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  • Fr. John Jennings

Our Sacred Stories Parables: Patience vs Pushiness in the Reign of God

Stories!  We all seem to love them.  We read novels.  We watch movies.  We follow many a TV series.  Jesus told many stories as he walked with his disciples.  The Gospels call these stories parables.  A parable is a story based on ordinary life – gardens, fishing, working, playing.  But parables are about more than ordinary life.  Such stories take us to another dimension.  They allow us to see the spiritual side of our lives, taking us beyond the ordinary, the material, the social dimension which so often dominates.

Jesus uses parables to tell us what the Reign of God is like, what it means for us.  This Sunday we hear two of Jesus’ parables.  The ordinary, the material element of the stories focuses on planting seeds.  But Jesus tells them for the other element, the spiritual dimension of the Reign of God.  As Jesus puts it: The reign of God is as if..... or is like.....

Mark’s Gospel offers us a parable about the person who scatters the seed on the ground and then has to wait patiently for growth to occur.  In this story we hear a call to recognize that we cannot control the Reign of God.  It comes because of God, not because of us.  And it demands patience not pushiness on our behalf.  It calls for a willingness to sow the Reign wherever we are and then patiently wait while God works in us, in those around us and in our world.

Some 30 years ago, an archbishop in El Salvador, Oscar Romero became heavily involved in working for the poor and disadvantaged of the country.  He was assassinated by some of the powerful people who resisted his efforts for the poor.  His words, before he died are a call for us to recognize how we work for the building of the Reign of God.  It is God’s Reign, not our own.  Our efforts and willingness to commit are important.  But what becomes the Reign in the midst of our world will come from God, not from us.  Here are Oscar Romero’s words:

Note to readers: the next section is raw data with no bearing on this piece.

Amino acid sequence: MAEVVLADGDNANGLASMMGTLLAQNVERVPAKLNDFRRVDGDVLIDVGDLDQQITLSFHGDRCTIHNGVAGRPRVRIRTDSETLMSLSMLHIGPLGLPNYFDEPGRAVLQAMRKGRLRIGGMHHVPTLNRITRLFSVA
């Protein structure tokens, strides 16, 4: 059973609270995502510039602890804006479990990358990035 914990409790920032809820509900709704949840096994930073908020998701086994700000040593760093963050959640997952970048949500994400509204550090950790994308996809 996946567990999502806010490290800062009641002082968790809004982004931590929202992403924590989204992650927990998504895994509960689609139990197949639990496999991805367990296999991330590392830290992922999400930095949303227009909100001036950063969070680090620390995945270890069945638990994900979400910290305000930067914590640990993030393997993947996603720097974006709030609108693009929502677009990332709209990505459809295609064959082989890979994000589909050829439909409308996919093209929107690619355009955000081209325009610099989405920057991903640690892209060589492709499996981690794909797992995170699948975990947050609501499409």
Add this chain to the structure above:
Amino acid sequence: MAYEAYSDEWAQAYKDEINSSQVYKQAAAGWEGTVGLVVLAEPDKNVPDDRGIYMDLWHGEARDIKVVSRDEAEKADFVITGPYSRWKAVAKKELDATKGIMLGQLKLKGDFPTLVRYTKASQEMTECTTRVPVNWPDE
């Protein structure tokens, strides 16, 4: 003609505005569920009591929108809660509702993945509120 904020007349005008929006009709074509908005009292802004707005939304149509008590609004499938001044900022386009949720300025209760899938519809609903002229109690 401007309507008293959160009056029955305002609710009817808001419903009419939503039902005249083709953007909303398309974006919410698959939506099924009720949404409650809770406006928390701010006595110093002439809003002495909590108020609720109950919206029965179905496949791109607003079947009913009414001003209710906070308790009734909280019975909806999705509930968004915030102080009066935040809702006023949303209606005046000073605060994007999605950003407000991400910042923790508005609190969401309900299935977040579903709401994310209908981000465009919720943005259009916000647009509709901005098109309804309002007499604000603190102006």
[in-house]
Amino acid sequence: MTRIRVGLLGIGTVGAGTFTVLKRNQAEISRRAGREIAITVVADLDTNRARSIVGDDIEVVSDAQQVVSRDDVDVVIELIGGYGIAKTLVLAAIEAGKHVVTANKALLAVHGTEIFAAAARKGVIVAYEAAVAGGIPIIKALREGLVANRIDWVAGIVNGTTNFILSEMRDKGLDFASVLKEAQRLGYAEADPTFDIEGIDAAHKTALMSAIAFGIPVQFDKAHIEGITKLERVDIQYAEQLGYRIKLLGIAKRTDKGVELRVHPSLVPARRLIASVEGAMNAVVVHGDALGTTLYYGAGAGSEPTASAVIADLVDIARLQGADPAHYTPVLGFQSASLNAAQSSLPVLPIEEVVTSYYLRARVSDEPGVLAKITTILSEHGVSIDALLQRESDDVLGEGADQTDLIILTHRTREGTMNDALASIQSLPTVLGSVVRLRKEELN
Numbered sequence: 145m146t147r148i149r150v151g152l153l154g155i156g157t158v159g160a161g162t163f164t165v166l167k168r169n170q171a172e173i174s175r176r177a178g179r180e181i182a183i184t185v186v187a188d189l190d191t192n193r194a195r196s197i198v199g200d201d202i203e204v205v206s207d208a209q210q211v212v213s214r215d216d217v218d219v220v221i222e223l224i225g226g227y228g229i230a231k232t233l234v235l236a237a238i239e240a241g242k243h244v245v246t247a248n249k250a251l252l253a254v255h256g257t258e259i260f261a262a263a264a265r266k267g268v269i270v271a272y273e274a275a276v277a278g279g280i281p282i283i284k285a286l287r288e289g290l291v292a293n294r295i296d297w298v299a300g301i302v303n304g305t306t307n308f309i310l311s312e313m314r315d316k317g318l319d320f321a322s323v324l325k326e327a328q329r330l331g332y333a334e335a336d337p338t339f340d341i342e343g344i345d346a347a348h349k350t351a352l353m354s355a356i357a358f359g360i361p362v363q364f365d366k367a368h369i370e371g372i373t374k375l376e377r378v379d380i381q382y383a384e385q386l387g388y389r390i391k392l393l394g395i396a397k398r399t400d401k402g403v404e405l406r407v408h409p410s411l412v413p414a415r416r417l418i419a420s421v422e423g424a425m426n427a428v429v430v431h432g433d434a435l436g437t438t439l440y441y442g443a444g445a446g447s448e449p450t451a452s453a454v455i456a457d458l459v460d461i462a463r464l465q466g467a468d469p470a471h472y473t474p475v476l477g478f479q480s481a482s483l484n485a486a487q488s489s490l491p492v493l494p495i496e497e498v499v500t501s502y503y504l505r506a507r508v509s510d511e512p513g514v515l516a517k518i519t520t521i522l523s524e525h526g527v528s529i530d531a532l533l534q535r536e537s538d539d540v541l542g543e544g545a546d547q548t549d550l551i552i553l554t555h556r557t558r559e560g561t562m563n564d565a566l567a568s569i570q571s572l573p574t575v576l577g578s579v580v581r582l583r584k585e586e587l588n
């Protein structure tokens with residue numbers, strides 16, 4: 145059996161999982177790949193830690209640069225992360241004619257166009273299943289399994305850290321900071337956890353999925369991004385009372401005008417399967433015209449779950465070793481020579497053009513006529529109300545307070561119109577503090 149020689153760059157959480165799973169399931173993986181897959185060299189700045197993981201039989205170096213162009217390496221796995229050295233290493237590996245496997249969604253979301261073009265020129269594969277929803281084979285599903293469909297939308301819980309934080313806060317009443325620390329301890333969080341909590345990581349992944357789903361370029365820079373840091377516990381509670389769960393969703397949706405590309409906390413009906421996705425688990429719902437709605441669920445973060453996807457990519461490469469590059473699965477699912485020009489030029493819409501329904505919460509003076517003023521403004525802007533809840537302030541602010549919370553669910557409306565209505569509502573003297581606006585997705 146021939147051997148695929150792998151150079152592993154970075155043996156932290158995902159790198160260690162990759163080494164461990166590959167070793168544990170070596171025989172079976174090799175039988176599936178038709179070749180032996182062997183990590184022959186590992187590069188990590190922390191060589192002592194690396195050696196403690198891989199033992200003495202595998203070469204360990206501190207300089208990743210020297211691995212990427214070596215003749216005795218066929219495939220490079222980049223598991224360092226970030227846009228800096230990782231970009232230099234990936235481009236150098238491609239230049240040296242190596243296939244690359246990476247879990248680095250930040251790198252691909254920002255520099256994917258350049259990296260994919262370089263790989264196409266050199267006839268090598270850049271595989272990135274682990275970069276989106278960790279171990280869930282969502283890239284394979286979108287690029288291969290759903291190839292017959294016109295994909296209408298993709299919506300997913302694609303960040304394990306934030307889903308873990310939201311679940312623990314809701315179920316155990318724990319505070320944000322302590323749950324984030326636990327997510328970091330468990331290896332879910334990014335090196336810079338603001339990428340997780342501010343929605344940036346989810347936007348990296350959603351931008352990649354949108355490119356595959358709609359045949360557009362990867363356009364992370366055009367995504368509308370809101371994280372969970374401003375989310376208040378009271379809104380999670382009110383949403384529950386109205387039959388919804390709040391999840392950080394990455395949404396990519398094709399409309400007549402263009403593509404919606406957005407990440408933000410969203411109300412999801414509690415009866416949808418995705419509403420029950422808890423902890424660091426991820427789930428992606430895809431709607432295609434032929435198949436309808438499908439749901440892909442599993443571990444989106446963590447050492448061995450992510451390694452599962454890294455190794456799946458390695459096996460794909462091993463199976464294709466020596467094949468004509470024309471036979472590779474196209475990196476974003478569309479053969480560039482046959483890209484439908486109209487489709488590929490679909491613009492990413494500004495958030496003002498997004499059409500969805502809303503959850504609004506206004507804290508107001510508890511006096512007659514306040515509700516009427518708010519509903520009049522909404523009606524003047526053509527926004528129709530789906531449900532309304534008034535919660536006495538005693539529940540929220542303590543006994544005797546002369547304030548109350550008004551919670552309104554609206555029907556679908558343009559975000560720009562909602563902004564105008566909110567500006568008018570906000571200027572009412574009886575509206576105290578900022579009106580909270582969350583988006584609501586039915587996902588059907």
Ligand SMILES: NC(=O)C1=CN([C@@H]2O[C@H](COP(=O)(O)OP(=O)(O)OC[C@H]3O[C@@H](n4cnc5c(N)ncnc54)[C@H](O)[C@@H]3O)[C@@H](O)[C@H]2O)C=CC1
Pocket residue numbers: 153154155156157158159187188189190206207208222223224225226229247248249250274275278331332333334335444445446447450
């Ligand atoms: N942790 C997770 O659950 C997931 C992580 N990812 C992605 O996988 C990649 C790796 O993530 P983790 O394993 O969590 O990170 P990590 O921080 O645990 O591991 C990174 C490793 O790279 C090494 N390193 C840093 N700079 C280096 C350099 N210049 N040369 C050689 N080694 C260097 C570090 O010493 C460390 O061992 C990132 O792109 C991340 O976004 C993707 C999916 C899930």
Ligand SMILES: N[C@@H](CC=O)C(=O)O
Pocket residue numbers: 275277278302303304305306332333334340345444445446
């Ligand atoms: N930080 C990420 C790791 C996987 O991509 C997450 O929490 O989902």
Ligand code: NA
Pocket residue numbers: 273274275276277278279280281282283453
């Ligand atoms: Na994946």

This is what we are about.  We plant seeds that one day will grow.  We water seeds

                already planted, knowing that they hold future promise.  We lay foundations that

                will need further development.  We provide yeast that produces efforts far beyond

                our capabilities.  We cannot do everything and there is a sense of liberation in that.

                This enables us to do something and to do it well.  It may be incomplete, but it is a

                Beginning, a step along the way, an opportunity for the Lord’s grace to enter and do

                the rest.  We may never see the end results, but that is the difference between the

                Master Builder and the worker.  We are workers, not master builders; ministers not

                messiahs.  We are prophets of a future not our own.


Our Christian call demands our efforts, but we do not control the results.  Patience not pushiness, commitment, not control builds the Reign of God for all humanity.  Are we “seed-planters” in our place and time? 

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